Teaching Emotional Regulation as a Behaviour Strategy
The ability to regulate our emotions should not be presumed, emotional regulation is a skill and needs to be learned, sometimes through explicit instruction. Recognising your own emotions and identifying effective strategies for managing these is a key skill for any child. For those who require additional skill teaching around managing their own emotions Systems such as emotion works and Zones of Regulation are great. I won’t repeat their systems here but they are both widely used and effective strategies.
I think it is unhelpful to label emotions negative or positive as all are reactions to interactions or events occurring around or to you. Many of the responses to emotions in young people are shaped by their needs, communication skills or background, including potential trauma and abuse. Teachers need to be mindful of this and the impact it will have on the child reactions to certain situations. Some emotions are specifically designed to keep you safe (fear) so additional work may be better focused on desensitisation or applying a functional and clear method of escape – The symbol above is a simple example of this. The child can use it to immediately end an activity, food tasting, game etc. I believe symbols and cards like this are essential even for students who can verbalise requests. In times of stress, expressive language skills can be impaired so grabbing a symbol can reduce potential “challenging behaviour” by easily communicating a need to exit the situation.
I have just discovered this book No Worries! Mindful Kids: An activity book for young people who sometimes feel anxious or stressed by Dr Sharie Coombes This is the excellent little resource which has a number of self-regulation strategies the child can start to use to reduce anxiety.
I wanted to share here some of the approaches I have used with the autistic students I have worked with. All of these need to be highly personalised and be ready to adapt. The following Top Tips are things I have tried and found effective I would love to hear your tips and experiences in the comments.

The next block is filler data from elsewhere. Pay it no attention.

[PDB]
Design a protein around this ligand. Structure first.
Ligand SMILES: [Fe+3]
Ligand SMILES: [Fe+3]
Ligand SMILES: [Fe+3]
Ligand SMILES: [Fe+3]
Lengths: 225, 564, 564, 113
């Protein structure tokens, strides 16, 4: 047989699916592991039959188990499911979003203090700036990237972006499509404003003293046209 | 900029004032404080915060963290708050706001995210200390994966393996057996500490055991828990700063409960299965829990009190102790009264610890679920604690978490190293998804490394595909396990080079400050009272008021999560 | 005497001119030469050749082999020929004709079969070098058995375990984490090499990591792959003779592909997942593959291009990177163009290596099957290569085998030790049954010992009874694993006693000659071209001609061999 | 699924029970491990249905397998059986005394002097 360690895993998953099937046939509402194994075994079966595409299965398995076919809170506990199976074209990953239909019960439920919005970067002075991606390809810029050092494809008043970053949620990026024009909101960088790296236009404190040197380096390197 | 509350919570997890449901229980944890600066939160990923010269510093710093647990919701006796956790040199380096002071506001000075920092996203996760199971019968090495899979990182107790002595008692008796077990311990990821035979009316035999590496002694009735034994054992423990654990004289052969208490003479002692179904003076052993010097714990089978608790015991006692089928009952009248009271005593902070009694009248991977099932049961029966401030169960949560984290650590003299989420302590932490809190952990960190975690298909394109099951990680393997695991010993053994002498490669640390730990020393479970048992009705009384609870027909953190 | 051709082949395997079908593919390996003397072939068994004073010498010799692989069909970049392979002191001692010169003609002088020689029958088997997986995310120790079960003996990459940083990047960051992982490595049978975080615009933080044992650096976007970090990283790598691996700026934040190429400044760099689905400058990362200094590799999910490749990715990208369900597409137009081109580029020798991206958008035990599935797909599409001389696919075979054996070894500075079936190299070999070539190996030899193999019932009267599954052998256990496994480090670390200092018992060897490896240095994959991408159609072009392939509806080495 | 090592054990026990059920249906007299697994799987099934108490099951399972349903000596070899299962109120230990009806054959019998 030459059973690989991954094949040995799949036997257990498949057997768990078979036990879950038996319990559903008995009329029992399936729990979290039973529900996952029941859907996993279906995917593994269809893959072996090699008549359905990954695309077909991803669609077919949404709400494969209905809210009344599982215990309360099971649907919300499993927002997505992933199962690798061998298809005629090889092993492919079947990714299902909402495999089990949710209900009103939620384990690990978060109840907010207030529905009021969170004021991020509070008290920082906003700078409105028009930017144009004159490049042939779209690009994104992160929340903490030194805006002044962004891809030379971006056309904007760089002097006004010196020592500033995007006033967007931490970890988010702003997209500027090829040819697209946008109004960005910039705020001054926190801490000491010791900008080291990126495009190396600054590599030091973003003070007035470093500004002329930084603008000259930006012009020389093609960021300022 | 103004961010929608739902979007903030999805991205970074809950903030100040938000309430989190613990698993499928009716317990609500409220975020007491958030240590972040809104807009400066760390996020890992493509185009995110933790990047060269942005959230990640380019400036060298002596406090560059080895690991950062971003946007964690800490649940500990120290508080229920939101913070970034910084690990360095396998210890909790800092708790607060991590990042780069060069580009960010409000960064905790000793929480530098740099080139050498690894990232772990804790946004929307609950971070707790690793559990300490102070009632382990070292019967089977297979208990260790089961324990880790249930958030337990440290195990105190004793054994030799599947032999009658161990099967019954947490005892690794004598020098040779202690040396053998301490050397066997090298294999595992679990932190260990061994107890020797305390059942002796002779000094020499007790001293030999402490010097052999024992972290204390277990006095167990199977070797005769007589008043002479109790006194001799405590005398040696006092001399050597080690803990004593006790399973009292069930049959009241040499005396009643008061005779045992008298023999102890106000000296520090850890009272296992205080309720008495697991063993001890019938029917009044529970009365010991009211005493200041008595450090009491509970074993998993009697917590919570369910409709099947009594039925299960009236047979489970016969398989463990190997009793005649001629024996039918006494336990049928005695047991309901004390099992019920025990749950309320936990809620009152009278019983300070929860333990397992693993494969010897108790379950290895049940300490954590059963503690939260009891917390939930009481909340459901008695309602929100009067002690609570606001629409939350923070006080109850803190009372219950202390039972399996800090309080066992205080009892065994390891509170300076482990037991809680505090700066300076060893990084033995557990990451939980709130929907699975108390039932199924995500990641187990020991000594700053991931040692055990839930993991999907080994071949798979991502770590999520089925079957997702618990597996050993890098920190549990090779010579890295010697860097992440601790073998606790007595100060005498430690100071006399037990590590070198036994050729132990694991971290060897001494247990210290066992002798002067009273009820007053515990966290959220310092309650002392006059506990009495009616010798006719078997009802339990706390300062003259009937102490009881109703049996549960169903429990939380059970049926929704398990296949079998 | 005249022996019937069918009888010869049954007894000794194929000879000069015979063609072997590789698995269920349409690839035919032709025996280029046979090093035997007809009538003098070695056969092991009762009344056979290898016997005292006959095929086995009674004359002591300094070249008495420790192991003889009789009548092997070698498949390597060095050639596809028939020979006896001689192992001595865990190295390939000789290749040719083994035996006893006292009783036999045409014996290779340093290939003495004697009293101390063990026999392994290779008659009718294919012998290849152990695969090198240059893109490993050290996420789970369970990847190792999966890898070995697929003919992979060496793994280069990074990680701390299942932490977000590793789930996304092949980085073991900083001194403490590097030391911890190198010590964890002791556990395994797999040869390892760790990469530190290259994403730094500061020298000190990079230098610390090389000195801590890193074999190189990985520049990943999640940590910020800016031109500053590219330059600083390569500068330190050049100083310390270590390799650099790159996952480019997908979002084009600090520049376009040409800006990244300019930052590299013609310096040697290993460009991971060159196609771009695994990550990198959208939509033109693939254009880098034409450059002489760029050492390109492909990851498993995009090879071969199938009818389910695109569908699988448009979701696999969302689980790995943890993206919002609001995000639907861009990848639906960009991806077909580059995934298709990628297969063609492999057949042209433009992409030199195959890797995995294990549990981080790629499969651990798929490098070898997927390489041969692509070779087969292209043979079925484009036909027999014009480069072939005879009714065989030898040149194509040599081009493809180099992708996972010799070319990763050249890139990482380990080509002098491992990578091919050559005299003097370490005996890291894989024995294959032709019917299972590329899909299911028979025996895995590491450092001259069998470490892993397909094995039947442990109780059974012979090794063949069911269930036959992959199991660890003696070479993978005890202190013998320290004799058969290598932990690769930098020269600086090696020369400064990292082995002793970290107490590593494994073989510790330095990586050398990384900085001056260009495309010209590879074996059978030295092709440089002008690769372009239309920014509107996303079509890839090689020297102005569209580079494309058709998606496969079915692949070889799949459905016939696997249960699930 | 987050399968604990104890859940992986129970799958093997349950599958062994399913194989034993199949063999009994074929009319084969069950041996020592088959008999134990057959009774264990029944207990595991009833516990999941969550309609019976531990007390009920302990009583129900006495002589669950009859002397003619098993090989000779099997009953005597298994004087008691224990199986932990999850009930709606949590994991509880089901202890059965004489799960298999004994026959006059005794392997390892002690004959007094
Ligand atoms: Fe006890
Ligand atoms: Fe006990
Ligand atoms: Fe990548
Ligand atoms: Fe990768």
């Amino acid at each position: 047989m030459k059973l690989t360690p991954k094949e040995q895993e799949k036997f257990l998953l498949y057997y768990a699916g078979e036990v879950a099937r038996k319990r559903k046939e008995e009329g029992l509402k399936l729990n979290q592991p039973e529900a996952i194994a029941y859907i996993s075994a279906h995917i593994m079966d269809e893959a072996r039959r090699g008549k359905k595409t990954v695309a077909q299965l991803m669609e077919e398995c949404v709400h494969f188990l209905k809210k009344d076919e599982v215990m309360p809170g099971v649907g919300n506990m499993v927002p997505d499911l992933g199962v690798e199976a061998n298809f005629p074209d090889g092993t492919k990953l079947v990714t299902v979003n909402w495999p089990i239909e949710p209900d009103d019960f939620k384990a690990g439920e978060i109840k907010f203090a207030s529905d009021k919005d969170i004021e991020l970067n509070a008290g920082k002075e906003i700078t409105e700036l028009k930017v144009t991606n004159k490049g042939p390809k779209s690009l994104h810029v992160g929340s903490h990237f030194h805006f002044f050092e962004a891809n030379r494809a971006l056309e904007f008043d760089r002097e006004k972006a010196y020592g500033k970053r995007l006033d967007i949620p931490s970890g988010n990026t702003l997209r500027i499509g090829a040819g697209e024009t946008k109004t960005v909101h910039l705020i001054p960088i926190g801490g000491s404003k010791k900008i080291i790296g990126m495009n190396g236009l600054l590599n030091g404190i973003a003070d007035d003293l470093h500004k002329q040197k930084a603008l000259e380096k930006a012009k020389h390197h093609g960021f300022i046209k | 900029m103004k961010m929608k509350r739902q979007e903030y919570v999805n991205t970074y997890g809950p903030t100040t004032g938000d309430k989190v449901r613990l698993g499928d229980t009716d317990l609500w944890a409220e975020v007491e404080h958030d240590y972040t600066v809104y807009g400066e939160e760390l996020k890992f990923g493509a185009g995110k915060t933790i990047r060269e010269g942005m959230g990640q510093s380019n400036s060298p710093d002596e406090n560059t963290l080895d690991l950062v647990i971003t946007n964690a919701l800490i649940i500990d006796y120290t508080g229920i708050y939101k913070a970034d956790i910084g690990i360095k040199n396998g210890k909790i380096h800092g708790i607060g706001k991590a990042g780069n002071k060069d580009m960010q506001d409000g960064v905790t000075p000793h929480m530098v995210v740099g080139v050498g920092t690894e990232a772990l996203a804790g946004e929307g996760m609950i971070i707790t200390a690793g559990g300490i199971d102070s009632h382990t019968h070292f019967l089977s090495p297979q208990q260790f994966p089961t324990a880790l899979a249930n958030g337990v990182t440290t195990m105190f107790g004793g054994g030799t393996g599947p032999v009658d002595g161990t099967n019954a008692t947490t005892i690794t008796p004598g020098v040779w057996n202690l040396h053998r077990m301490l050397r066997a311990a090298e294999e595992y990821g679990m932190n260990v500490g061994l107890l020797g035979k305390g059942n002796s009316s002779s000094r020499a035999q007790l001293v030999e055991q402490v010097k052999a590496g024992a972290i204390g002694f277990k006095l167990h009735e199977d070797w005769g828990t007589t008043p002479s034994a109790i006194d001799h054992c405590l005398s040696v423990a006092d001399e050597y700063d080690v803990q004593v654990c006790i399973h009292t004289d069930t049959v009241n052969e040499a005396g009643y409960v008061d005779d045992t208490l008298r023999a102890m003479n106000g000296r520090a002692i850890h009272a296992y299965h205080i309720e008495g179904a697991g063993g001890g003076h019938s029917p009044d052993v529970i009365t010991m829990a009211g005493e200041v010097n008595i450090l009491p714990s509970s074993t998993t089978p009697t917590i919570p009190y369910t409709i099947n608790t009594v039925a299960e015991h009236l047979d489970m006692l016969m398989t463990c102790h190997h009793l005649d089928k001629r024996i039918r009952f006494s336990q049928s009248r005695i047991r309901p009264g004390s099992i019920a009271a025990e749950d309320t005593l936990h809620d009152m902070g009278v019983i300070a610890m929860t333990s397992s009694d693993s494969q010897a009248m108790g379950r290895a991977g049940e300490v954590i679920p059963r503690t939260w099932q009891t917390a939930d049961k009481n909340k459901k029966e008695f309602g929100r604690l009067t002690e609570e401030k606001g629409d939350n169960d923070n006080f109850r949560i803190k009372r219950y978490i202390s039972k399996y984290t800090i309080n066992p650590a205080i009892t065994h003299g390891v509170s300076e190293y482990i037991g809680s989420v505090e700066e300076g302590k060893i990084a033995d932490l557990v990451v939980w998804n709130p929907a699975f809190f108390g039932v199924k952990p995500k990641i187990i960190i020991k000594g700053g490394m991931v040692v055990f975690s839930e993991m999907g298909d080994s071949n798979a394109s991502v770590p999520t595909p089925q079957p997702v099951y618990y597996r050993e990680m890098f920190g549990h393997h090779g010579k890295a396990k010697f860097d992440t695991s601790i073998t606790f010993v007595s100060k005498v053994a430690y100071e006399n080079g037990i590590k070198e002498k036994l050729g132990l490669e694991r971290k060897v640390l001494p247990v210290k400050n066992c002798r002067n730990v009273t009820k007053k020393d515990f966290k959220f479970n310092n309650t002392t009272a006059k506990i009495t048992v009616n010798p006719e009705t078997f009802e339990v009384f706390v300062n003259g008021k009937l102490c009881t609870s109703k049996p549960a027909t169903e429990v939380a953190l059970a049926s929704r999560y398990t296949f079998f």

Top Tips for Teaching Emotional Regulation.
- Use emotional vocabulary all the time- identify and name the emotion you see or feel.
- The context of the emotion is as important as the behaviour that stems from it
- Teach coping strategies when the child is at their baseline stress level.
- Practice emotional regulation strategies regularly.
- Model the positive behaviours you want to encourage.
- Simple Strategies are best, however be ready to get creative.
- Ensure all adults honor their side of all agreed responses.
- Create a safe space to develop these skills – A Zero Tolerance Classroom is not going to work.
- Link known triggers to functional responses.
- Give emotional regulation time to work (At least a fortnight of consistent application)
- You need to be the child’s emotional brakes when teaching these skills.
New: Emotional Regulation Dice
I have these emoji emotional regulation dice prove useful for prompting discussion. I was looking for a way to start discussing emotions that didn’t look like a worksheet. This is my first attempt as I adapt and edit I will upload more versions here.
These, as well as thermometers, can be a valuable tool in promoting self-regulation and teaching coping strategies. Download this free Emotion Levels Chart to complete with the child with strategies. This version is for older children/adolescents
Emoji Emotions Free Worksheets
Okay, this is a bit gimmicky but the idea of using emoji’s is to link with aspects of online safety lessons. We introduced emoji’s because we also use widgit symbols of the emotion faces as they are very similar in appearance. More and more often our children are called on to be able to decode hidden meaning in messages through using this quite accessible system.
Download the Free Emoji Emotions 3 worksheet bundle including matching and the checklist. To use the checklist I hid emoji’s around the room and they were checked off as the children found them.
My Little Worry book.
This post contains a great little resource for emotional regulation that I made last year “My Little Worry Book“. This is a free PDF printable that can be carried in a child’s pocket for when they just can’t find the words.
Thank you for taking the time to read. I would love to hear your comments.
FOR HELP AND ADVICE ON MENTAL HEALTH:
- YOUNG MINDS – The voice for young people’s health and wellbeing
- MIND – For mental health support, advice and awareness
- CALM – The Campaign Against Living Miserably for young men
- Time To Change – Let’s end mental health discrimination
- The Samaritans – Confidential support 24 hours a day